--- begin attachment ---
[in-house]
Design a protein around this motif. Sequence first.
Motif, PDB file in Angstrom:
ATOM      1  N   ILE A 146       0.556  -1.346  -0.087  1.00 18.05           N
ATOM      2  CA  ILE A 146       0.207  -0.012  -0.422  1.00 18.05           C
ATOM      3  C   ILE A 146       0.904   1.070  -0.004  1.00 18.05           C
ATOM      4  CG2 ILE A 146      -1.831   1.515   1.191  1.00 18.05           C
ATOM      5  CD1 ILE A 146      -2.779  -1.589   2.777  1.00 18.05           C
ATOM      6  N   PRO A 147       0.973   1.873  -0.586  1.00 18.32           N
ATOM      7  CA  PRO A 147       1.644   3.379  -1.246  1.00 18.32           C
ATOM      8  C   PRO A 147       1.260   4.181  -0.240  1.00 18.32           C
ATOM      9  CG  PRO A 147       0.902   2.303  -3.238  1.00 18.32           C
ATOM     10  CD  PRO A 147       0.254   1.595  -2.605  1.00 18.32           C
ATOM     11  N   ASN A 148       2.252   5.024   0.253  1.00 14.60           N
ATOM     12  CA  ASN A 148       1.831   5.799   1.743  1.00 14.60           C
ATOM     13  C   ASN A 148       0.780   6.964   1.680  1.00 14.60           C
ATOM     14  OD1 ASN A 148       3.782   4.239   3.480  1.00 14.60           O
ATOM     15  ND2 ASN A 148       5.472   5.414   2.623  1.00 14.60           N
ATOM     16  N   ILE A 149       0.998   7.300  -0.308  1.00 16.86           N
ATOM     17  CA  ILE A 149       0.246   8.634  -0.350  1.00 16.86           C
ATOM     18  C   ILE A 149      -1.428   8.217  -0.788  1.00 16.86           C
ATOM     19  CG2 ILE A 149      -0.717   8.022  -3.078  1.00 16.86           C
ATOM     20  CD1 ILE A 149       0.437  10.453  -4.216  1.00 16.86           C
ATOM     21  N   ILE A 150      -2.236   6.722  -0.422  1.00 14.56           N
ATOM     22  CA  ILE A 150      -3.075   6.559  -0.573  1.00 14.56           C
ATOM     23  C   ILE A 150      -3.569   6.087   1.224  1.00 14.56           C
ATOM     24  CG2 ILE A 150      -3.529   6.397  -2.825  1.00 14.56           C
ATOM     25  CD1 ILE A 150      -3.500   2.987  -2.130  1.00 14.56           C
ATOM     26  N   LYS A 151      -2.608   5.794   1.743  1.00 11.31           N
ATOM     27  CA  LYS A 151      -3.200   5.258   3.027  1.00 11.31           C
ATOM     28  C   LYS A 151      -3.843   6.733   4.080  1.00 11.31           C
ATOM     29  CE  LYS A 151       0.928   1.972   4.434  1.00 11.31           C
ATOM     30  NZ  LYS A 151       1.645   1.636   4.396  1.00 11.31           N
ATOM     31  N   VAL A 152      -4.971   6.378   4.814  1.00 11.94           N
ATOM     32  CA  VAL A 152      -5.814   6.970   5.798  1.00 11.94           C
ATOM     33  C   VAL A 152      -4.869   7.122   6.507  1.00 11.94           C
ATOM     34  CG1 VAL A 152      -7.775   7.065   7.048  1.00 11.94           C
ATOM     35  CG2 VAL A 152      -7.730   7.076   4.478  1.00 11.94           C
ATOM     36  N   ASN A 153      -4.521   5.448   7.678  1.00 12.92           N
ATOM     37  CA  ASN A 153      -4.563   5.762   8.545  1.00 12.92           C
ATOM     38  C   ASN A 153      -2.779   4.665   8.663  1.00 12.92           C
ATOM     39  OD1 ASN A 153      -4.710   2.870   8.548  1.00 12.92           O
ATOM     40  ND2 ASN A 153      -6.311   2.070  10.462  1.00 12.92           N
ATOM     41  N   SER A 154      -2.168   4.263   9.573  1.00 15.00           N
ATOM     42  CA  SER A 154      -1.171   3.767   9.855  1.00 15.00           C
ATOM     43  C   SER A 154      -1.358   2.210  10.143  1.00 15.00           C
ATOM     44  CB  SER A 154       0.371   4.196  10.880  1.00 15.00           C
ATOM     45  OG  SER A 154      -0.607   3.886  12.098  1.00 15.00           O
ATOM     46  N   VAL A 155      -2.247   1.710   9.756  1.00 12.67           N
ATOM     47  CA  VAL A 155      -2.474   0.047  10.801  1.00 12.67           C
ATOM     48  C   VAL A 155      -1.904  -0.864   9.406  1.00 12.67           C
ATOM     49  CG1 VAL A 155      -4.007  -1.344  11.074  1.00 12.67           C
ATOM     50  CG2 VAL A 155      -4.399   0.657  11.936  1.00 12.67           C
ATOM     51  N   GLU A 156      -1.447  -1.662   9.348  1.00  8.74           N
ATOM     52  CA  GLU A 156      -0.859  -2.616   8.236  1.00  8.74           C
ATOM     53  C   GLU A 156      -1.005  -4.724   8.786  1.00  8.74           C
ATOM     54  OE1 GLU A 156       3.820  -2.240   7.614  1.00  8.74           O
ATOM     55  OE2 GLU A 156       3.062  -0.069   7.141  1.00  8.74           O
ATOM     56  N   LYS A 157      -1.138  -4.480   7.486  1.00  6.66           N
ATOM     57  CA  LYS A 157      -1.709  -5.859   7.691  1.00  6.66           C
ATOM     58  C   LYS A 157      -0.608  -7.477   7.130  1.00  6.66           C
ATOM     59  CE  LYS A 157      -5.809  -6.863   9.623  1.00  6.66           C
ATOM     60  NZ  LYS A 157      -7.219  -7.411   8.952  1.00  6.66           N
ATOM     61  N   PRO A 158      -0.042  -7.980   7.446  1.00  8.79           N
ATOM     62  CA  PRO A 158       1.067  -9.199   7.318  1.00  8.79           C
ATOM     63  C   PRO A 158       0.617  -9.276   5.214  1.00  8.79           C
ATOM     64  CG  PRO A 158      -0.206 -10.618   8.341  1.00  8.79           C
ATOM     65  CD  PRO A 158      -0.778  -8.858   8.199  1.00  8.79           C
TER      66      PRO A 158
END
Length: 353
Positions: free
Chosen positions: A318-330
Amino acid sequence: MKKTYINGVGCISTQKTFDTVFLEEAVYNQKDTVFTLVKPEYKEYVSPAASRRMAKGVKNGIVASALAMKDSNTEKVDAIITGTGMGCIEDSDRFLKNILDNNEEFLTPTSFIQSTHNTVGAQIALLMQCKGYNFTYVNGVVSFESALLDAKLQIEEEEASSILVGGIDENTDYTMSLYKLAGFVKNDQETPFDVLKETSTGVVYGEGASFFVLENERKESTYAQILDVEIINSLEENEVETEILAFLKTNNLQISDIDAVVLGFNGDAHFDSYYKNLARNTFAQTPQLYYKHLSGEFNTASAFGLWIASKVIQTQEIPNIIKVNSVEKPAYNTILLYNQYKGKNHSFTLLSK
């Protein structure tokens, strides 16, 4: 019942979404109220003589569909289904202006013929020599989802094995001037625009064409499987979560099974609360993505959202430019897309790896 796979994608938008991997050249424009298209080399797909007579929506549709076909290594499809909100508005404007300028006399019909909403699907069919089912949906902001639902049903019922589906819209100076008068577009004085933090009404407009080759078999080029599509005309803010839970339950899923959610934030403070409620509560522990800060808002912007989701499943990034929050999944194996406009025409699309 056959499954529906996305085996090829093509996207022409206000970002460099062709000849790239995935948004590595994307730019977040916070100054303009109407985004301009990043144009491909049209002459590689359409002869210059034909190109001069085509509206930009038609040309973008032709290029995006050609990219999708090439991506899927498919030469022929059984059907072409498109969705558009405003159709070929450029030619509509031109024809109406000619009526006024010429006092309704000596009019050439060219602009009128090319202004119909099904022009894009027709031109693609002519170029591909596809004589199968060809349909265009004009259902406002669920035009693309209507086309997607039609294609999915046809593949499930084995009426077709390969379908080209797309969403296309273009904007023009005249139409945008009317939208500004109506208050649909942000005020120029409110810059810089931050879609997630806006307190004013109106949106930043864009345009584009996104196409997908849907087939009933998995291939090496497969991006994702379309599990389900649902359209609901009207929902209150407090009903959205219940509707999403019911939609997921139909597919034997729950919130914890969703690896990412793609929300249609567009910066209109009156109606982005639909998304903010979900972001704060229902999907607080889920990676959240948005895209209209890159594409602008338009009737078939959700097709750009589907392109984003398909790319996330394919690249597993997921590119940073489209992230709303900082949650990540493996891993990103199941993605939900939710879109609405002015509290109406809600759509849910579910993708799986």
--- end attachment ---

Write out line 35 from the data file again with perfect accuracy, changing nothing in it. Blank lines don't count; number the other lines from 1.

ATOM     32  CA  VAL A 152      -5.814   6.970   5.798  1.00 11.94           C